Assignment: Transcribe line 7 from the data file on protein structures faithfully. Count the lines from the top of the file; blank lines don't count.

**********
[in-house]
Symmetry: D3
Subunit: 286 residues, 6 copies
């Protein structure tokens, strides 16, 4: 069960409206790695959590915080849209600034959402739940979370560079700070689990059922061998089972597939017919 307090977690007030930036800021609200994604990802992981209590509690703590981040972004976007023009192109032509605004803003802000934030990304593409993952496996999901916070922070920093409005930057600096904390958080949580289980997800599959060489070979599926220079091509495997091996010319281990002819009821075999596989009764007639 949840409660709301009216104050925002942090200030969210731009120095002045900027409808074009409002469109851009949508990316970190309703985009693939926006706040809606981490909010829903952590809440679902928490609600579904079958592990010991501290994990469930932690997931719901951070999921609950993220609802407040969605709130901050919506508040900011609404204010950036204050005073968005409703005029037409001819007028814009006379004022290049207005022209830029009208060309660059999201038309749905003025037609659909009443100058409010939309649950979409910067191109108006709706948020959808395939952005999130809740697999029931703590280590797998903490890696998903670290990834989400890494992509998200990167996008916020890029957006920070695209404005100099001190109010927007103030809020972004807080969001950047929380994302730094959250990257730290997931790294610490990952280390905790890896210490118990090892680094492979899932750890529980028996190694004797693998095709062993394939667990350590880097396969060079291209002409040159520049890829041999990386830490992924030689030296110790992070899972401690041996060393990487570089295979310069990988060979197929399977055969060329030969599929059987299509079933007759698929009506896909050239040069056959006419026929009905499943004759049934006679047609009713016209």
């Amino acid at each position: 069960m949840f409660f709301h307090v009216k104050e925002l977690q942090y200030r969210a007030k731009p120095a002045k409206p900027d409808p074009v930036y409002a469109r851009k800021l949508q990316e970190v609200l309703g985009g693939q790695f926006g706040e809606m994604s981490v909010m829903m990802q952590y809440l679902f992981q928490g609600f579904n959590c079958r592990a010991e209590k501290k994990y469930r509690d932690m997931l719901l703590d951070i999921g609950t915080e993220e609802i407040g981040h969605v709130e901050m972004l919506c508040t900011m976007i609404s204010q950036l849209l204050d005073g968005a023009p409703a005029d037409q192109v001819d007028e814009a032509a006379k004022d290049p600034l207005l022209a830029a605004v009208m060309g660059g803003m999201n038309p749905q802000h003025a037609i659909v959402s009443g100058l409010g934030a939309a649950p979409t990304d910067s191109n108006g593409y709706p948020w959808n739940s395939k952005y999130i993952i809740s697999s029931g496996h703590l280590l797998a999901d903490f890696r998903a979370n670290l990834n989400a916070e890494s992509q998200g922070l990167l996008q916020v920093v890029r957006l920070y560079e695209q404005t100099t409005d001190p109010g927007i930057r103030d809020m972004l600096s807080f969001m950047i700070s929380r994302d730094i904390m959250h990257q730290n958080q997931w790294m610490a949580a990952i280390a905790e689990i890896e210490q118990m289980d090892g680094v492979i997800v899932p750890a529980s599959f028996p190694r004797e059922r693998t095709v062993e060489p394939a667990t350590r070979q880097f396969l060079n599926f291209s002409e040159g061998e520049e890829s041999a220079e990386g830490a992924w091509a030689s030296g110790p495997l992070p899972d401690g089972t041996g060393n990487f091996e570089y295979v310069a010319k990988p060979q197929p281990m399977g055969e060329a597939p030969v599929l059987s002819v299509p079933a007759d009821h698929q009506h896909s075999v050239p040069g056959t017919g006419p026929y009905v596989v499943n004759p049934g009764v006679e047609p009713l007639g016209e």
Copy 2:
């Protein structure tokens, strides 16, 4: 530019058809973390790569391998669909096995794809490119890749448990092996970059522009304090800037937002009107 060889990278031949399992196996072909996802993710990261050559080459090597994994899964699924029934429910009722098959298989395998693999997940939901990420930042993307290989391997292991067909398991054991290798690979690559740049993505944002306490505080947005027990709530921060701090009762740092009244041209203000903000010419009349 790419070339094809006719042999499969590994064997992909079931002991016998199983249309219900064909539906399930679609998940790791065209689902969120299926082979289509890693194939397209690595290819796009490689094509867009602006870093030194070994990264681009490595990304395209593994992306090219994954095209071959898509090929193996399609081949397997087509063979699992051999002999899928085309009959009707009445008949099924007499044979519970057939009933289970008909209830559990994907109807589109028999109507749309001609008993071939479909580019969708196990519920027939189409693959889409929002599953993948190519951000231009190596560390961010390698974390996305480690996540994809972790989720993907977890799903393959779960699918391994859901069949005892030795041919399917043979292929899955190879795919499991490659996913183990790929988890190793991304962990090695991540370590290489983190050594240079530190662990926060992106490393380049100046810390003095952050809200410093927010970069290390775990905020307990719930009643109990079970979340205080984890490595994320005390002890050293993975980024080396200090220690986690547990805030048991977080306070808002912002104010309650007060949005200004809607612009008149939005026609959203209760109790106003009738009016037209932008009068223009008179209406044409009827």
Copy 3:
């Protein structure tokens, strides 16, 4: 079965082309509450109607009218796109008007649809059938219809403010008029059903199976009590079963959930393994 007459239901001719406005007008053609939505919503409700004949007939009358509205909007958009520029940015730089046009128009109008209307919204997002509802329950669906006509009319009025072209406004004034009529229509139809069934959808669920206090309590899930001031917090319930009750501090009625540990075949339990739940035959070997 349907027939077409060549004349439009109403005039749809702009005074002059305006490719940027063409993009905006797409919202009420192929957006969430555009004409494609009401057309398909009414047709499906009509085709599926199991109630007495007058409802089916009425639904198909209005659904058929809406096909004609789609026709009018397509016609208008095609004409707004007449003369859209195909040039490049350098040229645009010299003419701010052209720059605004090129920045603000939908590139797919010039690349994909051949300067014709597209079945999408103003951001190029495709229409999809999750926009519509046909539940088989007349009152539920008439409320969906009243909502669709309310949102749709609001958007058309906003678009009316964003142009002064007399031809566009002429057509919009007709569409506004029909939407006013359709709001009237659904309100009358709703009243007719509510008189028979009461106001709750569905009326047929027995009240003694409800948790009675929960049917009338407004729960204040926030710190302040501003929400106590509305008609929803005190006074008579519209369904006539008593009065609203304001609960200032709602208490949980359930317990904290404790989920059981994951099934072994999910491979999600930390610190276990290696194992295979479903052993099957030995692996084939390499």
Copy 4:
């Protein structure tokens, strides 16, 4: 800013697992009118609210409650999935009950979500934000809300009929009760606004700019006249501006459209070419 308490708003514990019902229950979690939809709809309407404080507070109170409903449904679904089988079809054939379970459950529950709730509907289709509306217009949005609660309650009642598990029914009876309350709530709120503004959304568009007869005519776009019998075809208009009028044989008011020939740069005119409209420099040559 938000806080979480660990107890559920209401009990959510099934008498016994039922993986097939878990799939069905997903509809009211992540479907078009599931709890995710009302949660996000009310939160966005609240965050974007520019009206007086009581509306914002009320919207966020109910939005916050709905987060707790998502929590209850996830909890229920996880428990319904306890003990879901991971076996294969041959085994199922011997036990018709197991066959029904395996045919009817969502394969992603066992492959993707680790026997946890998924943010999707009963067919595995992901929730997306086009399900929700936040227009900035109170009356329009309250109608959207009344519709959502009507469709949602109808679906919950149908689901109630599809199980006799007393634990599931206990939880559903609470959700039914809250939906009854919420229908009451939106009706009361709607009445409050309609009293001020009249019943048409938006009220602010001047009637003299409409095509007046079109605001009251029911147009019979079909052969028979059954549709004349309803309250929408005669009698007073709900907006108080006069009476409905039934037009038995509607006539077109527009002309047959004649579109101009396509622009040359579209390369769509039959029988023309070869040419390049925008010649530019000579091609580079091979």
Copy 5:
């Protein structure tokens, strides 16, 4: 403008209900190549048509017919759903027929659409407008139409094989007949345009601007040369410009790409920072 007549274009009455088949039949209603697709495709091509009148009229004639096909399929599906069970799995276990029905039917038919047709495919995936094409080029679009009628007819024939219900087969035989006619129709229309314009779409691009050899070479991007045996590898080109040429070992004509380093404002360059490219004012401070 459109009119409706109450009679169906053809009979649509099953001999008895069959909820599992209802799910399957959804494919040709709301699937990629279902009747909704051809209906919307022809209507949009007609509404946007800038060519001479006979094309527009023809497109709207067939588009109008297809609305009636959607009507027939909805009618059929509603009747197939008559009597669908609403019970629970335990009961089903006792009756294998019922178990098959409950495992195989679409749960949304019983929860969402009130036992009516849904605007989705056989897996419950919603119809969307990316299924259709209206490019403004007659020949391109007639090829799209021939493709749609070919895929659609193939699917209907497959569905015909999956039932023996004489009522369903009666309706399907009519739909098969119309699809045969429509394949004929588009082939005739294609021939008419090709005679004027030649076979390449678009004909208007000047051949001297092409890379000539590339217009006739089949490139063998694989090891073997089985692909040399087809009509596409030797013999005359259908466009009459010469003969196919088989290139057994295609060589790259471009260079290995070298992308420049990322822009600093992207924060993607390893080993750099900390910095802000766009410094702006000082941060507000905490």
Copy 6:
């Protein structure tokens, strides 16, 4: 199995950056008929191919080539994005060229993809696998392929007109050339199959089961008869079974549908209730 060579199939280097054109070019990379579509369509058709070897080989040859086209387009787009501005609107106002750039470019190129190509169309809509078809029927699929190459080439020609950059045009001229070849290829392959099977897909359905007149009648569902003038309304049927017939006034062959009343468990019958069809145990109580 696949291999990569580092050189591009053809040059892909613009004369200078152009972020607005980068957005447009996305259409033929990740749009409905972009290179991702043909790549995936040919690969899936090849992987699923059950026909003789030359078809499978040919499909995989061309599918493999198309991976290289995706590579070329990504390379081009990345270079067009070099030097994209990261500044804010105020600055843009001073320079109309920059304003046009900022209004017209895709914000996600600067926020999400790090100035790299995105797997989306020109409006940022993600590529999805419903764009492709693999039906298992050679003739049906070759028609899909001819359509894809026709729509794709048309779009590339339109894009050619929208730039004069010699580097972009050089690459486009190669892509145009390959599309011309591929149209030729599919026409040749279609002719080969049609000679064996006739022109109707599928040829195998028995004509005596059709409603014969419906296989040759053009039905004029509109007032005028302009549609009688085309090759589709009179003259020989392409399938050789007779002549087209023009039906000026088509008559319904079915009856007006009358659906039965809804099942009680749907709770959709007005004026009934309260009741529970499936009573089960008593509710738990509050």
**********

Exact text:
């Protein structure tokens, strides 16, 4: 530019058809973390790569391998669909096995794809490119890749448990092996970059522009304090800037937002009107 060889990278031949399992196996072909996802993710990261050559080459090597994994899964699924029934429910009722098959298989395998693999997940939901990420930042993307290989391997292991067909398991054991290798690979690559740049993505944002306490505080947005027990709530921060701090009762740092009244041209203000903000010419009349 790419070339094809006719042999499969590994064997992909079931002991016998199983249309219900064909539906399930679609998940790791065209689902969120299926082979289509890693194939397209690595290819796009490689094509867009602006870093030194070994990264681009490595990304395209593994992306090219994954095209071959898509090929193996399609081949397997087509063979699992051999002999899928085309009959009707009445008949099924007499044979519970057939009933289970008909209830559990994907109807589109028999109507749309001609008993071939479909580019969708196990519920027939189409693959889409929002599953993948190519951000231009190596560390961010390698974390996305480690996540994809972790989720993907977890799903393959779960699918391994859901069949005892030795041919399917043979292929899955190879795919499991490659996913183990790929988890190793991304962990090695991540370590290489983190050594240079530190662990926060992106490393380049100046810390003095952050809200410093927010970069290390775990905020307990719930009643109990079970979340205080984890490595994320005390002890050293993975980024080396200090220690986690547990805030048991977080306070808002912002104010309650007060949005200004809607612009008149939005026609959203209760109790106003009738009016037209932008009068223009008179209406044409009827």